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Historical biographies

Doris Grant (nee Cruikshank) 25 January 1905-27 February 2003

(Credit: Pru Barrett, volunteer for the Mills Archive)

Doris Margaret Louise Grant was a British nutritionist and food writer, whose main claim to fame was inventing by accident the wartime Grant loaf, which encouraged workers to eat well on their rations. It is peculiar amongst breads made with a yeast in that kneading is not necessary.

She was born in Banff, Aberdeenshire on 25 January 1905 to William and Adeline Cruickshank. Educated at Banff Academy and later on at the Glasgow School of Art, she won a scholarship to study in Rome as the top student of the year. Her talents apparently lay in designing and making costume jewellery. She was also from a musical family and played the cello.

Unbelievably to modern ideas, her scholarship was rescinded on her engagement to Gordon Grant, who she went on to marry in 1927. Gordon and Doris moved shortly afterwards to London, where he set up the new London offices for his family firm, William Grant, the distillers.

Doris now turned her talents to baking and nutrition. Suffering from chronic indigestion and rheumatoid arthritis, she discovered that “The Hay Diet” (also known as the Food Combining Diet) helped with her symptoms. Hay’s instruction “Don’t mix foods that fight” had a profound effect on Doris’s life, relieving the pain and making her feel happier, fitter and healthier. This diet claims to work by separating food into three groups – alkaline, acidic and neutral. Acid foods are not to be combined with the alkaline ones. Acid foods are protein rich such as meat, fish dairy, whereas alkaline foods are carbohydrate rich, such as rice, grains and potatoes.

Becoming a passionate believer in the diet, Doris wrote several articles praising it in the Sunday Graphic. This led to a visit from William Howard Hay, the author of the diet, who asked her to create a recipe acceptable to British tastes. This resulted in “The Hay System Menu Book”, which was published in 1937. Interestingly enough, Doris became known for nutritional beliefs that are very much in vogue today – encouraging the use of fresh and natural ingredients along with minimising the amount of processing in food. She ran a long campaign against many of the big food companies in her repeated criticism of the overuse of refined carbohydrates, especially in the manufacture of white bread and sugar.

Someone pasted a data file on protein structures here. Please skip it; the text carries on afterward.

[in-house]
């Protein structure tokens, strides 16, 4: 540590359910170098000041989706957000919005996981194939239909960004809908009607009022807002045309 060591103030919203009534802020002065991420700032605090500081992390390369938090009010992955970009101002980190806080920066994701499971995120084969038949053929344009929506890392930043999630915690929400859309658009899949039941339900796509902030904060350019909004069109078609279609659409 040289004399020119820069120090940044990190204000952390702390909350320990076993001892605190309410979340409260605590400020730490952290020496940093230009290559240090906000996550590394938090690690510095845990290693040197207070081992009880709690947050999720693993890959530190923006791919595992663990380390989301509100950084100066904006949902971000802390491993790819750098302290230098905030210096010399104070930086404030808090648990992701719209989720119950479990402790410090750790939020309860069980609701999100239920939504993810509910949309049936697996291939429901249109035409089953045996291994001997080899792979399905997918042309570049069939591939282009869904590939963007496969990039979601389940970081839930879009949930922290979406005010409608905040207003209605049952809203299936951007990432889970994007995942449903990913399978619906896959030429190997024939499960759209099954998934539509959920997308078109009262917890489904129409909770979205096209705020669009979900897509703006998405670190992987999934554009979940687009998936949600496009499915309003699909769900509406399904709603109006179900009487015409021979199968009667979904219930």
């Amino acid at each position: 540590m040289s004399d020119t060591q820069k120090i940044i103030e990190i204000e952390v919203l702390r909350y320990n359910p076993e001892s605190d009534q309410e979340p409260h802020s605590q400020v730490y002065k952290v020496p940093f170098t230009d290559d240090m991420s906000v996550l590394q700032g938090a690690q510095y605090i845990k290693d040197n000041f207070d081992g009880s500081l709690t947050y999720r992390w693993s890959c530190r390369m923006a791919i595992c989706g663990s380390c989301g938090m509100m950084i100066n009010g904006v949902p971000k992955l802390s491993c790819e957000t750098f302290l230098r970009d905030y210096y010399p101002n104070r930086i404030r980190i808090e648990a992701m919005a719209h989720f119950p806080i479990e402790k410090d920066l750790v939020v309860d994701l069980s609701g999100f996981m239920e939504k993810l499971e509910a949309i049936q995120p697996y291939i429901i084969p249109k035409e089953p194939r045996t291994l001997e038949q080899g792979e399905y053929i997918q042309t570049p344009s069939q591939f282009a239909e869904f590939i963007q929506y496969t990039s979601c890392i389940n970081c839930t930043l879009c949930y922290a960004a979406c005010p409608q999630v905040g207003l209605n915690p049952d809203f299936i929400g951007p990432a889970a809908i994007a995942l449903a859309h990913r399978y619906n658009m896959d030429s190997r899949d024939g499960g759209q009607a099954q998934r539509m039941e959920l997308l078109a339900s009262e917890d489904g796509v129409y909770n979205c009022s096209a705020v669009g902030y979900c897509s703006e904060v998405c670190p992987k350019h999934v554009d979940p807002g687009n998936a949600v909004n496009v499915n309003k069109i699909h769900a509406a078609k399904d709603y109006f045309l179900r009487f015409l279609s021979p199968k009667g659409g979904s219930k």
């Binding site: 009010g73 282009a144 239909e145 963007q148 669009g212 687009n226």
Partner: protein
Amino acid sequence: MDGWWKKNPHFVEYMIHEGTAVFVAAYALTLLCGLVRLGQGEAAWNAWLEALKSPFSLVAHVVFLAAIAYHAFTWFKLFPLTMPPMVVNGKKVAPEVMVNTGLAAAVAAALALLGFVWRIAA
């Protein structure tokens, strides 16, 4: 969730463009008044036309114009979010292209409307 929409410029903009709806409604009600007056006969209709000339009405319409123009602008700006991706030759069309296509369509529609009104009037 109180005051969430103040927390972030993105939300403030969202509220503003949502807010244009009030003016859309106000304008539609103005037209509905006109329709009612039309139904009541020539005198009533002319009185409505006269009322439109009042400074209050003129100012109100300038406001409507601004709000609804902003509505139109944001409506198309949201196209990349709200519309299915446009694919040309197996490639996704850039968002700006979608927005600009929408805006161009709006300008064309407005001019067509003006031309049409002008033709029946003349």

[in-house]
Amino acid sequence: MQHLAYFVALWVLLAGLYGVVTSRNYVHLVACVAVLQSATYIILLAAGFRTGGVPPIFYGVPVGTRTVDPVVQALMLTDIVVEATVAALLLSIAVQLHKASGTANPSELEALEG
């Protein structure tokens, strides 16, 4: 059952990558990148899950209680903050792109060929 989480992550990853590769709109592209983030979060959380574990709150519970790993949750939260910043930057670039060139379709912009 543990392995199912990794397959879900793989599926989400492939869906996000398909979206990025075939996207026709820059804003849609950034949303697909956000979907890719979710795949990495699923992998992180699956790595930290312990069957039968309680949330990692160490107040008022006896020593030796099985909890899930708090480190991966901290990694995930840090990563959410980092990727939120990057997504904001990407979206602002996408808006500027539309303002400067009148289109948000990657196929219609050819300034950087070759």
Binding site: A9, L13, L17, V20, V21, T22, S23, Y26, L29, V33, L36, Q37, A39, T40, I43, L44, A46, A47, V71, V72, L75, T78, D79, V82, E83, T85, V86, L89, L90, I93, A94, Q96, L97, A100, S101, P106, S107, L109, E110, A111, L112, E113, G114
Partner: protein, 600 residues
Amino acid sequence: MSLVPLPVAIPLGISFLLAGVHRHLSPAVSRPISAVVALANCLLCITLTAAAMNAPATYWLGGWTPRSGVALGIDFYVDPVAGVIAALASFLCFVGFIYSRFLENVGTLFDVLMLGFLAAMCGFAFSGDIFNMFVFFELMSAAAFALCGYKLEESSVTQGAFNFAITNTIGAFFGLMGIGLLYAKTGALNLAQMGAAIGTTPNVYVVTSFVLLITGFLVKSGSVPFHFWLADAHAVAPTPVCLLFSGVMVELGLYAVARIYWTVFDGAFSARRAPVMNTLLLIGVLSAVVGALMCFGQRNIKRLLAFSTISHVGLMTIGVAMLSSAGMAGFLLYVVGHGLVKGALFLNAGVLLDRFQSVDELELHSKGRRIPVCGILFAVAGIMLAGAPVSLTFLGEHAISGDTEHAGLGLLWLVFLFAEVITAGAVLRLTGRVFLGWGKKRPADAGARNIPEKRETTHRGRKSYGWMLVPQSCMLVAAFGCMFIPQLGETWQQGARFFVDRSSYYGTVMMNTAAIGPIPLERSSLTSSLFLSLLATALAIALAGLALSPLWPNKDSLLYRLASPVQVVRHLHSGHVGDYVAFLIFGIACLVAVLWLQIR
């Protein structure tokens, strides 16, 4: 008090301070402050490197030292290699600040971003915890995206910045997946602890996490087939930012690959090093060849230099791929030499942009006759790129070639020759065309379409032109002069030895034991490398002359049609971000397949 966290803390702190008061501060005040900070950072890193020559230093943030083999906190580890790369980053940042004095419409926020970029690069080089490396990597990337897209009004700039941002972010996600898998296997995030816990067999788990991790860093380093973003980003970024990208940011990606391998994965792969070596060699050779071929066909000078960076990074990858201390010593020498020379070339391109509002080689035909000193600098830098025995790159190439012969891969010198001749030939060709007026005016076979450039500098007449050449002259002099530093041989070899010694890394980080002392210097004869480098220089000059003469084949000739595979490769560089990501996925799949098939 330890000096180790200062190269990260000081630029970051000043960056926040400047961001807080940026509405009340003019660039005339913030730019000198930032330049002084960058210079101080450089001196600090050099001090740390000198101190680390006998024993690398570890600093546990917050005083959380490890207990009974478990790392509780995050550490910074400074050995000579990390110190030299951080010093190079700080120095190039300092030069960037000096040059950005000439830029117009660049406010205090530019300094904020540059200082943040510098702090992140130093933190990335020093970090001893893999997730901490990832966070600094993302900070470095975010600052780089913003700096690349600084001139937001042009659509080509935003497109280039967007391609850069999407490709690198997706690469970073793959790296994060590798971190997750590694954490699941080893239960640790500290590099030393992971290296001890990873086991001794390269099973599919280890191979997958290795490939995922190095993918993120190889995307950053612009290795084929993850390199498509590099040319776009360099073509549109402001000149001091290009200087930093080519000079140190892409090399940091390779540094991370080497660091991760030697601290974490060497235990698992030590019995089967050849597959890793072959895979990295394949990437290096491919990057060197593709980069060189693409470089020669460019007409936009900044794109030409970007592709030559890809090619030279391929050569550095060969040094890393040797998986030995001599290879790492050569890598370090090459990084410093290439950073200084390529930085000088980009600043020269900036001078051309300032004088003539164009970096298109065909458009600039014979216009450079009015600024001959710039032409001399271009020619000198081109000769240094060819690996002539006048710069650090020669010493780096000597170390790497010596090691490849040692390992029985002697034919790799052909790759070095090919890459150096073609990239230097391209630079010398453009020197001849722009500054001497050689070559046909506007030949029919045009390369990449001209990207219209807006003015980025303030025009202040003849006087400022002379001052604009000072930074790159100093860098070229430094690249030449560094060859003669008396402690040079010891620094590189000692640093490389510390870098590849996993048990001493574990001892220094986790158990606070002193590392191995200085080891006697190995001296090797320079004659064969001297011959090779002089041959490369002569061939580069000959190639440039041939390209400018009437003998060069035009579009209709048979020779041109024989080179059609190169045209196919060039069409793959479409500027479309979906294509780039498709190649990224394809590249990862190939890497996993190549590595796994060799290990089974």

The Grant Loaf came into being during World War Two. One day while baking bread, Doris realised she had forgotten to knead the wholemeal dough she was making – and found it to have a superior taste to its kneaded counterparts. This loaf was subsequently promoted first by Doris, then by other nutritionists as a way of encouraging wartime wives to eat well on their rations.

Doris went on to write many papers on nutrition up to at least 1995, despite retiring to Poole in 1962, where she and her husband often sailed in the English Channel in their yacht. Doris died in Stevenage of heart disease at the age of 98, so she certainly lived a long, healthy life.

In 2021 The Minerva Scientifica Birthday Celebrations again brought Doris to the fore. This is an evolving music-theatre project reflecting the lives and work of British women scientists told through the music of British women composers; one musical item is titled “No Need to Knead”, composed by Frances M Lynch and the words are compiled from Doris’s quotes, a flour advert in the Dundee Courier 1953, and a recipe of the Grant Loaf by Catherine Booth.

Over time, many subsequent well-known bakers have commended Doris on her works – Lorraine Pascale adapted the Grant Loaf – “The resulting loaf is heavy, but quicker to make than other types of bread”. Delia Smith’s “Complete Cookery Course” (1978) includes the recipe too under the title of “Quick and Easy Wholemeal Bread.” Delia advises “This recipe was inspired by Doris Grant in her excellent book “Your Daily Food”. Although its quick and easy, it has a wonderful, wholesome, home-made flavour. For those of us who simply don’t have the time for kneading, knocking down and proving, this loaf is an absolute gem and the one that I personally, make most often”. What more of a recommendation can you have?!

450g strong wholemeal four (or Spelt)
1 tsp brown sugar/1 tblsp honey
2 tsp salt
400-450ml hand-hot water

Warm flour in oven for about 10 minutes on lowest heat

Place flour in bowl, add salt, sugar and yeast. Mix together, make small well in centre and gradually add the water, using hands or a wooden spoon to combine all the ingredients into a dough. (At this point dough may seem quite wet). Move dough onto floured pastry board and stretch it out into an oblong. Take one side, fold it into centre and do same for other side, turn it over and repeat. Place dough into a well greased tin, cover with sprinkling of flour and leave to rise for 30-40 minutes in worm place, or for about an hour at toom temperature.

Pre-heat the oven to 200 degrees Celsius and bake bread 30-40 minutes. Bread should sound hollow when tapped if it is fully cooked. Return bread to oven (out of the tin) for further 5-10 minutes to crisp up the base and sides. Leave to cool on a wire rack.

Minerva Scientifica
GSA Archives
“Complete Cookery Course” – Delia Smith

Doris Grant (nee Cruikshank) 25 January 1905-27 February 2003

Doris Grant from the dust jacket of her book "Dear Housewives" 1954

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